Bank Talks With Bucks: Zach Boren

Freshman Zach Boren joins his older brother Justin on the Ohio State roster for the 2009 season. Boren signed with the Buckeyes after a stellar career at Pickerington Central. Although he might end up playing defense for Ohio State, Boren is starting his career as a fullback. Bill Greene caught up with Boren at Media Day and filed this report.

Freshman fullback Zach Boren was not the highest rated recruit to sign with Ohio State in 2009, but the youngster is in the mix to earn a starting position with the Buckeyes.

The thought of Boren earning a starting position is probably quite surprising to anyone that follows Ohio State football closely, but this isn't a surprise to the young man himself.

Greene: Zach, how are you doing making the adjustment from high school to Ohio State?

Boren: "It's definitely different coming from high school and going against one or two great players every game, to Ohio State, where every single player on the roster is exceptional. I've always been a guy who knows I have to be the hardest worker on the roster to succeed, and being at Ohio State means I have to work even harder. I really believe the biggest change is being mentally prepared to compete every day. There are a lot of meetings that cover all the plays, and all the different schemes we run here. It can drag you down mentally if you're not focused and concentrating every day. It's really rough, but I enjoy challenges and I don't back down from anything."

Greene: What position are you playing right now?

Boren: "I was at middle linebacker when I first got here, but they switched me to fullback when we came back from summer break. So as of now, I am a fullback."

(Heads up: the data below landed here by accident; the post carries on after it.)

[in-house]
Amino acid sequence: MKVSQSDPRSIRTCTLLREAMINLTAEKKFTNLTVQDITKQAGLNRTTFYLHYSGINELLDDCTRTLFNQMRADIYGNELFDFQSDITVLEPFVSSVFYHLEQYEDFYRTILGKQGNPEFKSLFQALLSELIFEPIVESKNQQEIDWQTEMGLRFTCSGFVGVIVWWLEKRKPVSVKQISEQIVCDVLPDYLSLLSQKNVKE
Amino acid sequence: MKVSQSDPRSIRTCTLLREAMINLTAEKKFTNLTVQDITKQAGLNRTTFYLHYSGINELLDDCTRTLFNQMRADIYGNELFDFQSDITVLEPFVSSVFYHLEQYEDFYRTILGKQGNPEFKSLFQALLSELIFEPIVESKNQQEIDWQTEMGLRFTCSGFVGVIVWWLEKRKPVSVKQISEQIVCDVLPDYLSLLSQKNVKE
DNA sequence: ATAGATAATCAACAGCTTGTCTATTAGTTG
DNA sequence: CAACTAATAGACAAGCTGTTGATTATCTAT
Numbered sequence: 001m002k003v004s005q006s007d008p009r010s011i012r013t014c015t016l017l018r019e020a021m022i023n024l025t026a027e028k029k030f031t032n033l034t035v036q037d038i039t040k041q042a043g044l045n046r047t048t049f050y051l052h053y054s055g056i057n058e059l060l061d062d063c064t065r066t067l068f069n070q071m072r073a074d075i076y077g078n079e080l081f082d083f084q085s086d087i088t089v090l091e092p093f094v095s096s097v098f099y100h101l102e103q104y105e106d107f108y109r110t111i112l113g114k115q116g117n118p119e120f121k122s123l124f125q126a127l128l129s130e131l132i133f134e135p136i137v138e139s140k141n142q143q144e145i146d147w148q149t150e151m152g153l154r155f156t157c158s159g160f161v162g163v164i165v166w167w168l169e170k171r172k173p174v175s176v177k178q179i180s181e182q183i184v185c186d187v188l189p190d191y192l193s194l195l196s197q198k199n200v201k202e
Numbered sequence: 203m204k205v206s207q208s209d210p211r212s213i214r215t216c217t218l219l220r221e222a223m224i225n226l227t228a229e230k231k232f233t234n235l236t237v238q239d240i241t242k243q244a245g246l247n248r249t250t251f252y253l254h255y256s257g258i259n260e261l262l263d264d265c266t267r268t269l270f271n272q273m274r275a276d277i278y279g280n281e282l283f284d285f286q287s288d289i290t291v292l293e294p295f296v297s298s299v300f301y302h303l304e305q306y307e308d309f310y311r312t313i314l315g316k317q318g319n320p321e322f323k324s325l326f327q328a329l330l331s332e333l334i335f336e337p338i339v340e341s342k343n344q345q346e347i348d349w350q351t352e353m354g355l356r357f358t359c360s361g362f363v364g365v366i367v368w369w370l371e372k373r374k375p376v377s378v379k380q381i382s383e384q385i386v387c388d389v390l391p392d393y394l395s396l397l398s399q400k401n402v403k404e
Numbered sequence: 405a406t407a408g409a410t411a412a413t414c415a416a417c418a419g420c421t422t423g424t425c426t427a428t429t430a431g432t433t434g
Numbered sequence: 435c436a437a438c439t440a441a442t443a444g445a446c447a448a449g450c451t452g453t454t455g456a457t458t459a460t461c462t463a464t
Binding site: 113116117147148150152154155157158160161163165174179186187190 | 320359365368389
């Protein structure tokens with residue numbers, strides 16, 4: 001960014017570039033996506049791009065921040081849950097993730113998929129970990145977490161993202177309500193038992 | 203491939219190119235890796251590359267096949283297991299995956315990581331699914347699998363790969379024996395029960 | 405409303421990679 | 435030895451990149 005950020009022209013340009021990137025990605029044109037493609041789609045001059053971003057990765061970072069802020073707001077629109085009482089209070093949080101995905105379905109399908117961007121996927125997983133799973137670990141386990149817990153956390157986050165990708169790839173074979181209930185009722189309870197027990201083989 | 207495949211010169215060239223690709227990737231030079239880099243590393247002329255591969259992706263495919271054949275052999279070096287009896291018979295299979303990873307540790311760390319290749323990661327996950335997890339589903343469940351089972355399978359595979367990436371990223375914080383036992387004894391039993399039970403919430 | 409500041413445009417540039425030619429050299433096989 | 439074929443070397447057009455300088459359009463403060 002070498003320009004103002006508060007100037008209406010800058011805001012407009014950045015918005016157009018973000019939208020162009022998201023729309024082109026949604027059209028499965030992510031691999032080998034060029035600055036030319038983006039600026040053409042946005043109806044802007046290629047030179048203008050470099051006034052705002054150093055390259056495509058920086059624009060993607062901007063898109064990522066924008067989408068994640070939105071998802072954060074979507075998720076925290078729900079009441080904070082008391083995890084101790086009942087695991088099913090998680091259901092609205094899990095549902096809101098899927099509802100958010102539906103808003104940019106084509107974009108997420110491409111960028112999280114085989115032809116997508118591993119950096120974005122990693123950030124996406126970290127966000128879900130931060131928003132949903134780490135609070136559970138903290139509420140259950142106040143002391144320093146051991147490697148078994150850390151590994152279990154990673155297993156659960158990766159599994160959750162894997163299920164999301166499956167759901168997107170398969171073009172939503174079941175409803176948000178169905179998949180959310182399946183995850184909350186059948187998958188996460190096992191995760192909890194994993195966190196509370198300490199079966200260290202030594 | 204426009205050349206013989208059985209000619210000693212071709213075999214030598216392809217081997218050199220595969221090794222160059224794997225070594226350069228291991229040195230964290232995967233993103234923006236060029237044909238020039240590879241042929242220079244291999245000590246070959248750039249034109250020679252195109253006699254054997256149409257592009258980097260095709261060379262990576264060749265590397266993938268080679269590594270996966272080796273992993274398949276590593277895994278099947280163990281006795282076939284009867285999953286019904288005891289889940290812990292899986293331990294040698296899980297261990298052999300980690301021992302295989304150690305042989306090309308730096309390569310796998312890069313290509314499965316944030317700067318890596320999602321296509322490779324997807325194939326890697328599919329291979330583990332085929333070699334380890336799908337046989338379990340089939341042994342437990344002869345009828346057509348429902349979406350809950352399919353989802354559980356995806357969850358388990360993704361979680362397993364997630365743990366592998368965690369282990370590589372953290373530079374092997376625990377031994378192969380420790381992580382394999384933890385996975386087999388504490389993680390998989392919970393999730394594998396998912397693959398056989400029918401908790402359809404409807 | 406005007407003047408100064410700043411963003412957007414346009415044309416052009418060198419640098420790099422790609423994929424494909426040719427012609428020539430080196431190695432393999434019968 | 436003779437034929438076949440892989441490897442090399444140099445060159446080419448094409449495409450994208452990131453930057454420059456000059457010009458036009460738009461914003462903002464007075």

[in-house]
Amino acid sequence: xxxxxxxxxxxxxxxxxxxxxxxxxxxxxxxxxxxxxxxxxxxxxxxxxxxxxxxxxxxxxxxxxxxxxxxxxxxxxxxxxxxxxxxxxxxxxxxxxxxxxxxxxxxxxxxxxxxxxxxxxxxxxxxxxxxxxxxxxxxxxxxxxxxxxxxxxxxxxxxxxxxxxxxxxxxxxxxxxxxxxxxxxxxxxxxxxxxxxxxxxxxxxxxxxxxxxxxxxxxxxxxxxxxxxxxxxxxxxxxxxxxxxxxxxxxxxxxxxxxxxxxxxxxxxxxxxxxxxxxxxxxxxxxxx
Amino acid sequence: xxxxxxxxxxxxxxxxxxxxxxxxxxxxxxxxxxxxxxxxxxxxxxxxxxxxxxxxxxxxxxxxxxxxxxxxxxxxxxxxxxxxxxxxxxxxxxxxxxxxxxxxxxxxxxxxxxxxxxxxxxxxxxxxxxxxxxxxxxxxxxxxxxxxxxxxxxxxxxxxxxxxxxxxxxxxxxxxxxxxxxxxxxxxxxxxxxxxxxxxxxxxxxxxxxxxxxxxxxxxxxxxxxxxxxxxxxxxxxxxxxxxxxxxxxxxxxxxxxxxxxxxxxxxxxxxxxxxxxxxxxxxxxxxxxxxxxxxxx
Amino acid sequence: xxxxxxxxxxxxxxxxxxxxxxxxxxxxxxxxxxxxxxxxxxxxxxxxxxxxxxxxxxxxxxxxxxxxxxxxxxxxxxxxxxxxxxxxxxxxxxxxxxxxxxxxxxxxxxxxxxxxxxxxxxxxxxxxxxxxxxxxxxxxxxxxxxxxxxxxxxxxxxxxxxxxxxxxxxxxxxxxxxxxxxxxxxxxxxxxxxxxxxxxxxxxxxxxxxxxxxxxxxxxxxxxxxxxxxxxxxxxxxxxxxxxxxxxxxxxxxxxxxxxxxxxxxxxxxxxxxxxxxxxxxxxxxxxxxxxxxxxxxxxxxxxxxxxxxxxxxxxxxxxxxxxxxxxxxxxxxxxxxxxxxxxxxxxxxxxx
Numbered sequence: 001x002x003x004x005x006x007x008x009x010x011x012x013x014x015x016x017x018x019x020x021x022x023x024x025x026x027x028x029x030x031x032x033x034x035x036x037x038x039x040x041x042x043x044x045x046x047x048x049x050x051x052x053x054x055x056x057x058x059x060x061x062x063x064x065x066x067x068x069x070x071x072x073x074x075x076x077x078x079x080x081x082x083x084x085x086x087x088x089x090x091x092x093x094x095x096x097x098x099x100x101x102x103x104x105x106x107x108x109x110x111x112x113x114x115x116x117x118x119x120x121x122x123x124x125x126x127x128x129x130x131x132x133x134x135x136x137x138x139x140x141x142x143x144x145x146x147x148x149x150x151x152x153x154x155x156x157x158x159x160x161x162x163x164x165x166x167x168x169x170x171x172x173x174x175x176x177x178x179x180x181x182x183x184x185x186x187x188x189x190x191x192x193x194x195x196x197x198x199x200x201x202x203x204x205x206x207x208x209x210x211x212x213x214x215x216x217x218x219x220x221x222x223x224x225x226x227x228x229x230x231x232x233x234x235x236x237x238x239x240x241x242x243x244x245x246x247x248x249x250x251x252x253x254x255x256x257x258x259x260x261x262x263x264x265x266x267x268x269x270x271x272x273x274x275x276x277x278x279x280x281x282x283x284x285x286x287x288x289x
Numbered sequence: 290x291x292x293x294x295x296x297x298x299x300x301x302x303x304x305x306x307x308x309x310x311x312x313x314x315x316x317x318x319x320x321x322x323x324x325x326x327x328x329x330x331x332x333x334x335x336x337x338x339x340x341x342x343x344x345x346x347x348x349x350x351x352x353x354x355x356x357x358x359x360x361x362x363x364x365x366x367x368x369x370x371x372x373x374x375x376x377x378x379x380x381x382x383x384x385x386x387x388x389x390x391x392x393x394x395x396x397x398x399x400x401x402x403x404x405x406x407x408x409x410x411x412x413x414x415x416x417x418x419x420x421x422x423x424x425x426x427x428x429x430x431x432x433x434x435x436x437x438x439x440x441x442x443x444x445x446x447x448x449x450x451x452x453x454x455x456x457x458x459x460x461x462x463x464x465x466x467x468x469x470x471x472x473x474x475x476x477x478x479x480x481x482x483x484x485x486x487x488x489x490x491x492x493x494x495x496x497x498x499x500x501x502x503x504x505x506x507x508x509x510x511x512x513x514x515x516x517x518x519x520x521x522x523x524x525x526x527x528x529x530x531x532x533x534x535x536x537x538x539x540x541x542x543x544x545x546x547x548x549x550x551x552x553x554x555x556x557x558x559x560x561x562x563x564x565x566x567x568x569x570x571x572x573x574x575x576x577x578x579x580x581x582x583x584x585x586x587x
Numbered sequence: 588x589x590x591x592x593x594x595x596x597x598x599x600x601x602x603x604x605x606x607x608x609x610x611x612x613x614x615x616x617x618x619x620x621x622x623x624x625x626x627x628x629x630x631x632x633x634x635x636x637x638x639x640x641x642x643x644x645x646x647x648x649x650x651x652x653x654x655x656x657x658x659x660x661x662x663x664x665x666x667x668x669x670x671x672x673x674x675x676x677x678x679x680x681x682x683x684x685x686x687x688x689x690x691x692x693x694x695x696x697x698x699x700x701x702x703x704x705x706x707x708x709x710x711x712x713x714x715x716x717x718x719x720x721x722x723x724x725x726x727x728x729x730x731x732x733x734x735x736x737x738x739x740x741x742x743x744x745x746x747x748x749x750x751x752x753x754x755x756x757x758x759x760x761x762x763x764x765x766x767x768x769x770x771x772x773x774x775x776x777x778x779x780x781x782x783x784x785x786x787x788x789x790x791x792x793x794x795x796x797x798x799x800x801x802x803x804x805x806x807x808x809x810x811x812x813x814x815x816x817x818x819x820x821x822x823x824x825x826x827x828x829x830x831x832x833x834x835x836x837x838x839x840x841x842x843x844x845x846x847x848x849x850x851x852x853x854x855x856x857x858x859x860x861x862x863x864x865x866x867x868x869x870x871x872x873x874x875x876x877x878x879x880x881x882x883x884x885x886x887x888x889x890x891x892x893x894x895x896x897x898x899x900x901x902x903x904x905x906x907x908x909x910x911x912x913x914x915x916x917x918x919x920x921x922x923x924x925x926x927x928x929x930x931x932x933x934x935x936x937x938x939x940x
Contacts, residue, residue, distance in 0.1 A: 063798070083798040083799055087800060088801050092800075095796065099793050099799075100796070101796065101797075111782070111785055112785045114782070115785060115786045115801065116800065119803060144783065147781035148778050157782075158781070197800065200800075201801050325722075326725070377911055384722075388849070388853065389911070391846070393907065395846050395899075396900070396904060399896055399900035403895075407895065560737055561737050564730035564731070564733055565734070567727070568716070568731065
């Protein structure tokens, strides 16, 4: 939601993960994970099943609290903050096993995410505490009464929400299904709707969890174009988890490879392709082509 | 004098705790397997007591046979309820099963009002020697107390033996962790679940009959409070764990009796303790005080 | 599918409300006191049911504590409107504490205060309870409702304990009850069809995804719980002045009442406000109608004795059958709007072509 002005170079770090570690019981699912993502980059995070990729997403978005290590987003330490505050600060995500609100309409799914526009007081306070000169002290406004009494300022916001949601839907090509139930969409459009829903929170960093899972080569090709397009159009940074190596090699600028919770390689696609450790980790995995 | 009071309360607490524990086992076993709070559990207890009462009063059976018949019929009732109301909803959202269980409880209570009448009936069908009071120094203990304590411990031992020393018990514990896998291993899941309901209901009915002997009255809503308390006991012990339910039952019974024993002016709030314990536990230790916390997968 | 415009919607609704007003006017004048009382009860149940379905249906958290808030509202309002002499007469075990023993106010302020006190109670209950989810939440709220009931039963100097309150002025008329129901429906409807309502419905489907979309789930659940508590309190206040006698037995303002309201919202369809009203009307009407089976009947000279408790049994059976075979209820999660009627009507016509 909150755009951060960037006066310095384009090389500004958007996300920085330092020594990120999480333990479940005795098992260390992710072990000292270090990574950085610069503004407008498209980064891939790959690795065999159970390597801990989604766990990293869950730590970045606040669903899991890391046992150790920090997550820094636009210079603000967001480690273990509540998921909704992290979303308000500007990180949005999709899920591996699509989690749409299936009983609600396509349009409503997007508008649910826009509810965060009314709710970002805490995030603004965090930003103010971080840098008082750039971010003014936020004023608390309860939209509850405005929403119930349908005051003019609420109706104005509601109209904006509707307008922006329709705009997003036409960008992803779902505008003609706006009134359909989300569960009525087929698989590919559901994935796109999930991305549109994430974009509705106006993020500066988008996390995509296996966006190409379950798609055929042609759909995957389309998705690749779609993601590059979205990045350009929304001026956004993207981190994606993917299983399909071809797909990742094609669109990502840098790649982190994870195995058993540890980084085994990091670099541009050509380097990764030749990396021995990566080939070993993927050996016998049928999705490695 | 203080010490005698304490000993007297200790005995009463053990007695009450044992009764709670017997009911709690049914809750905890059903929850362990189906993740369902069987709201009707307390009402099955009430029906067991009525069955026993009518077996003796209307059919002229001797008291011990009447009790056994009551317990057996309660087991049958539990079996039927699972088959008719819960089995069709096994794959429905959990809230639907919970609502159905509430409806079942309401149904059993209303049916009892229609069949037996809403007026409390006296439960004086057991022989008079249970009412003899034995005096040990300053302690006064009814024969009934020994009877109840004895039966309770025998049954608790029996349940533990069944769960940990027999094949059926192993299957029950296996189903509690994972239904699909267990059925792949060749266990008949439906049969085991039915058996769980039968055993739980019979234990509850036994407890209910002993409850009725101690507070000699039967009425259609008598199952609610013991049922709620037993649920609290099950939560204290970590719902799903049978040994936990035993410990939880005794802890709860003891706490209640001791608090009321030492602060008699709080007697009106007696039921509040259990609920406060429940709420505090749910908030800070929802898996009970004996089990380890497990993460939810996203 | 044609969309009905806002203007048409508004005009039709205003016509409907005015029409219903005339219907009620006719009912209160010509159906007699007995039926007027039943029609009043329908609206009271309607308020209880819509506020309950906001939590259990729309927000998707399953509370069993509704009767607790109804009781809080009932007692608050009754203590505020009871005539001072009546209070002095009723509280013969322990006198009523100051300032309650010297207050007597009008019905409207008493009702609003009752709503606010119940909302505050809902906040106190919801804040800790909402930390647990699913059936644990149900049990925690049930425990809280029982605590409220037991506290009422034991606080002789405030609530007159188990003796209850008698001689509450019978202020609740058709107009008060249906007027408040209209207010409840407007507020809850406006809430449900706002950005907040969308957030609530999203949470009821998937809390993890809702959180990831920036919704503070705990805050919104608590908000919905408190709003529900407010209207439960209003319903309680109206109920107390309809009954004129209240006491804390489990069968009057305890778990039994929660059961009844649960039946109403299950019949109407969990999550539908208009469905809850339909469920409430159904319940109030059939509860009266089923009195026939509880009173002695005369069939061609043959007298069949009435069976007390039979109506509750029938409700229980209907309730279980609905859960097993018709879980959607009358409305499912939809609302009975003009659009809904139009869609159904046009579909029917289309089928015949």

Greene: How do you feel about the position switch?

Boren: "Again, it's another challenge I have to face head on, and I'm always up for that. My main asset is my total willingness to help the team, in any way the coaches want. I totally support my coaches and my teammates, and I would do anything if it helped Ohio State win. I'm going to play wherever they put me and I'm going to have fun doing it. I really have no preference on what position I play. I just want to play football."

Greene: What is your current height and weight, and what type of physical shape are you in?

Boren: I'm 6-1 and I weigh right around 250 pounds. I was about 245 pounds when I got here. I haven't added a lot of weight, but my strength is way up and I've dropped some body fat. I think I'm in great shape and I always consider myself a workout fanatic. I blew my knee out during my last game in high school, and I gained some weight because I couldn't work out during the healing process. I've spent the past five or six months just trying to get that back in shape. I wouldn't mind dropping a few pounds to improve my quickness. At fullback, I think I would be best at around 240 pounds."